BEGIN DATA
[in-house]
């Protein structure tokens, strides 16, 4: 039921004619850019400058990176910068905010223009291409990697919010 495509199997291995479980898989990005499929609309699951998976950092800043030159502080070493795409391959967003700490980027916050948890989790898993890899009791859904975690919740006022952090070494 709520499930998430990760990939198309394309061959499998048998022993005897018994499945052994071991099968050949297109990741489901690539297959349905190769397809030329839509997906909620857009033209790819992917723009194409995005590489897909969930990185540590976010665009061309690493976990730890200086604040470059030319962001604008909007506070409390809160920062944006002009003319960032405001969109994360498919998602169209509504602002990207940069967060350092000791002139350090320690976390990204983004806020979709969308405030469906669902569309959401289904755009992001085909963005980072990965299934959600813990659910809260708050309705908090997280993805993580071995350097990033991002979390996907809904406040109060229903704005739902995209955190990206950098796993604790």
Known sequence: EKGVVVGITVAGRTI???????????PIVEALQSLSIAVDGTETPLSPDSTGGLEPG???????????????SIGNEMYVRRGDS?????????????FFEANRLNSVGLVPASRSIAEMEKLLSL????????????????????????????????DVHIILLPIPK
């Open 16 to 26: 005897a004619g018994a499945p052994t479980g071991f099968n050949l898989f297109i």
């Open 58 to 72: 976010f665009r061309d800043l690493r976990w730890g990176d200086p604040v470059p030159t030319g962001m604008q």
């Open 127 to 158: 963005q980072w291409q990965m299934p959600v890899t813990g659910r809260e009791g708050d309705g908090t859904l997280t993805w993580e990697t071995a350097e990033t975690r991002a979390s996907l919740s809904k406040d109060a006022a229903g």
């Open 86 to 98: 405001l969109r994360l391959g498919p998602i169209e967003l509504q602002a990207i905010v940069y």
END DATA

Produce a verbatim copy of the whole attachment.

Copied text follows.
[in-house]
């Protein structure tokens, strides 16, 4: 039921004619850019400058990176910068905010223009291409990697919010 495509199997291995479980898989990005499929609309699951998976950092800043030159502080070493795409391959967003700490980027916050948890989790898993890899009791859904975690919740006022952090070494 709520499930998430990760990939198309394309061959499998048998022993005897018994499945052994071991099968050949297109990741489901690539297959349905190769397809030329839509997906909620857009033209790819992917723009194409995005590489897909969930990185540590976010665009061309690493976990730890200086604040470059030319962001604008909007506070409390809160920062944006002009003319960032405001969109994360498919998602169209509504602002990207940069967060350092000791002139350090320690976390990204983004806020979709969308405030469906669902569309959401289904755009992001085909963005980072990965299934959600813990659910809260708050309705908090997280993805993580071995350097990033991002979390996907809904406040109060229903704005739902995209955190990206950098796993604790």
Known sequence: EKGVVVGITVAGRTI???????????PIVEALQSLSIAVDGTETPLSPDSTGGLEPG???????????????SIGNEMYVRRGDS?????????????FFEANRLNSVGLVPASRSIAEMEKLLSL????????????????????????????????DVHIILLPIPK
């Open 16 to 26: 005897a004619g018994a499945p052994t479980g071991f099968n050949l898989f297109i």
């Open 58 to 72: 976010f665009r061309d800043l690493r976990w730890g990176d200086p604040v470059p030159t030319g962001m604008q």
């Open 127 to 158: 963005q980072w291409q990965m299934p959600v890899t813990g659910r809260e009791g708050d309705g908090t859904l997280t993805w993580e990697t071995a350097e990033t975690r991002a979390s996907l919740s809904k406040d109060a006022a229903g």
């Open 86 to 98: 405001l969109r994360l391959g498919p998602i169209e967003l509504q602002a990207i905010v940069y």